How we prosecute to protect animals | RSPCA - RSPCA
Prosecuting animal cruelty and neglect
We investigate and prosecute animal cruelty reported to us by members of the public who are concerned about the welfare of animals.
We're always grateful for the help of these individuals - because it takes all of us to get justice for cruelly treated animals and to transform their lives, wherever possible, to ones of love and kindness.
Prosecutions in 2019
In 2019 we secured 1,432 convictions relating to animal welfare offences, which meant we achieved a 93.7% success rate from all our cases.
Our latest report includes some of the cases we dealt with last year, featuring success stories involving animals removed from the most appalling situations. You can read how the animals were rehabilitated from their physical and mental suffering and went on to enjoy their new lives.
One case is about Jay, a dog who was shot four times. Jay made a miraculous recovery and went on to help deliver the petition for tougher sentences for animal cruelty at Number 10 Downing Street with the inspector who investigated his case.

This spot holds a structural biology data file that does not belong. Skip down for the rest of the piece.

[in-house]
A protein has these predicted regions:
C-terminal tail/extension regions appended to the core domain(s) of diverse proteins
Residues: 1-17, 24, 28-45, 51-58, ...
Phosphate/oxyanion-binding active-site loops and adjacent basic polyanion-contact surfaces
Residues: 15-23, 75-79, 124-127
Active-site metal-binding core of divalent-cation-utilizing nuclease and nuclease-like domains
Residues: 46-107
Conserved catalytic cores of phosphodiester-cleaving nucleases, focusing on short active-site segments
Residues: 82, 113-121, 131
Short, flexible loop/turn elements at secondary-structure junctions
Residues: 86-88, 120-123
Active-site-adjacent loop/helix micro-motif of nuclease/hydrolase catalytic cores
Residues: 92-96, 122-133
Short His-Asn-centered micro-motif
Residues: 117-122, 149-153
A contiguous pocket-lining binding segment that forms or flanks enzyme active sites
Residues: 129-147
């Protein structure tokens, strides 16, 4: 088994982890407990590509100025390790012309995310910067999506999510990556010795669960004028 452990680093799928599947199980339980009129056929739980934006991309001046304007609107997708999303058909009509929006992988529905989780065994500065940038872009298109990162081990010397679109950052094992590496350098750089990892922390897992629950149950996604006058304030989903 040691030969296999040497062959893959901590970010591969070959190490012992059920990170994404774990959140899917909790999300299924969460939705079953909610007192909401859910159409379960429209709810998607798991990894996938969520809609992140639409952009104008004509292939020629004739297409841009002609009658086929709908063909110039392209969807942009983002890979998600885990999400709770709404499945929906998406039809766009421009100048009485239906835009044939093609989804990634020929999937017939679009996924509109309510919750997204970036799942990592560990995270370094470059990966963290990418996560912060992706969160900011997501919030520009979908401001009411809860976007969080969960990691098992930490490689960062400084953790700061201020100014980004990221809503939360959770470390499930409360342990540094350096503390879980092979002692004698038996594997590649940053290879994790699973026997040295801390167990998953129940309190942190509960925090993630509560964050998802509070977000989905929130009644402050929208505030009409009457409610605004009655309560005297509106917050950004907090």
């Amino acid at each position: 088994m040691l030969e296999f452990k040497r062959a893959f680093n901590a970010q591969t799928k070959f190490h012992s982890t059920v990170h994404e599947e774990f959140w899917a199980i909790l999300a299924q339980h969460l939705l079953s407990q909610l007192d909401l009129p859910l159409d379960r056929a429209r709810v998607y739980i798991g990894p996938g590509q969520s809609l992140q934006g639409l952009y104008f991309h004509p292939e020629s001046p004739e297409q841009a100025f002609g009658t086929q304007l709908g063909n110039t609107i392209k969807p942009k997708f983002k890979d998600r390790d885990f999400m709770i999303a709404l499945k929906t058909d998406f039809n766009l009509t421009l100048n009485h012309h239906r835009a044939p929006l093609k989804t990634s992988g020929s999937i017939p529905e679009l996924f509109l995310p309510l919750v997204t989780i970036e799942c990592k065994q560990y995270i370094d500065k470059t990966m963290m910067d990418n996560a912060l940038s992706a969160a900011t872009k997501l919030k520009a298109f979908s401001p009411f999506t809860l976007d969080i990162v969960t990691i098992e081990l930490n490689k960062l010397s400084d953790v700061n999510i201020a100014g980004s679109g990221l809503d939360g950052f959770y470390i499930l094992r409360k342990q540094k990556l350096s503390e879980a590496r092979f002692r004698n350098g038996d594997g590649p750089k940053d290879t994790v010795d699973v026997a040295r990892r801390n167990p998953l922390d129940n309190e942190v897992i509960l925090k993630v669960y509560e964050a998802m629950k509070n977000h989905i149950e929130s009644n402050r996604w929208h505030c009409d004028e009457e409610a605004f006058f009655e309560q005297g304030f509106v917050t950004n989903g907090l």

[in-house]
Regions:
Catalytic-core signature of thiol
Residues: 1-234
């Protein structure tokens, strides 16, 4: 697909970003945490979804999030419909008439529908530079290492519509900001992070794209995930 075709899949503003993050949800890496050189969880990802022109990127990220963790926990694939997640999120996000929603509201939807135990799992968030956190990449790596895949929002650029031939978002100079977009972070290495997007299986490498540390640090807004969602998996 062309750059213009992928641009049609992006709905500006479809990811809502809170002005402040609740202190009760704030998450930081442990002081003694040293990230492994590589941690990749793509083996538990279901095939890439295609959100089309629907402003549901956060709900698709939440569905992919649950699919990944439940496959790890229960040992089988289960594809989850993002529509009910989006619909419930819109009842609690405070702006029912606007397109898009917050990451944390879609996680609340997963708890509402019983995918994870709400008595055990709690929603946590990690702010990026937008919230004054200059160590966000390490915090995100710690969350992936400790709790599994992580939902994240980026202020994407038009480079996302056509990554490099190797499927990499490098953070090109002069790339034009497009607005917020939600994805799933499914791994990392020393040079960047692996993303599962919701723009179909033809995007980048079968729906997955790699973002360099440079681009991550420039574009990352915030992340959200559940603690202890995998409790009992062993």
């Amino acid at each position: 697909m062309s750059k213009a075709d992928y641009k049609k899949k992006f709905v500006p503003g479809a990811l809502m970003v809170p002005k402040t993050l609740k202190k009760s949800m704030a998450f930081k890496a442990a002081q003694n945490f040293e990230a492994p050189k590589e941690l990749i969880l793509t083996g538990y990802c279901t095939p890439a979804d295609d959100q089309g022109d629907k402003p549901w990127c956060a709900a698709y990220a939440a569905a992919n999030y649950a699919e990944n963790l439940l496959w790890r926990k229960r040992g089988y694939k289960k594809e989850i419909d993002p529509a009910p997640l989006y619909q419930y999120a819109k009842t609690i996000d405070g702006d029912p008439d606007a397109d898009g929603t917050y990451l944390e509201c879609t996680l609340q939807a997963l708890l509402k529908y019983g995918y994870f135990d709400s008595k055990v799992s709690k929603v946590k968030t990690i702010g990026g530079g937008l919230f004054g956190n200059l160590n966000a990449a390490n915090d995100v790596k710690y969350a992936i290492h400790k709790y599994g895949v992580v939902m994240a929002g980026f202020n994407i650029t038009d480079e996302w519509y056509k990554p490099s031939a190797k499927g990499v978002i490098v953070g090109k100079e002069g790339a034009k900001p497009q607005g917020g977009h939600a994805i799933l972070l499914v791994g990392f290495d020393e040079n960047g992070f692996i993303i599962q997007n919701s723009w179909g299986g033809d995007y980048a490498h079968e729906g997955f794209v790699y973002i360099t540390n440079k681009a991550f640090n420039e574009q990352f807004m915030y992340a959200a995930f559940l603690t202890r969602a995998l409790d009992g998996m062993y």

Prosecuting to protect animals
We often get asked why we prosecute people, and it's not a decision we make lightly.
Wherever possible we offer advice and assistance to improve animal welfare, including giving people time to make improvements to their standards of care. But this is not always possible or appropriate, for example if there has been a deliberate act of violence against an animal, where people won't accept assistance, or in extreme cases of neglect.
It's under these types of circumstances when we consider prosecution under laws such as the Animal Welfare Act.
"If legislation to protect animals is to be effective, it must be adequately enforced."
Richard Martin MP, 1822 - co-founder of the RSPCA
The power to prosecute
Everyone in England and Wales has the right to bring a private prosecution against someone who they believe has committed an offence.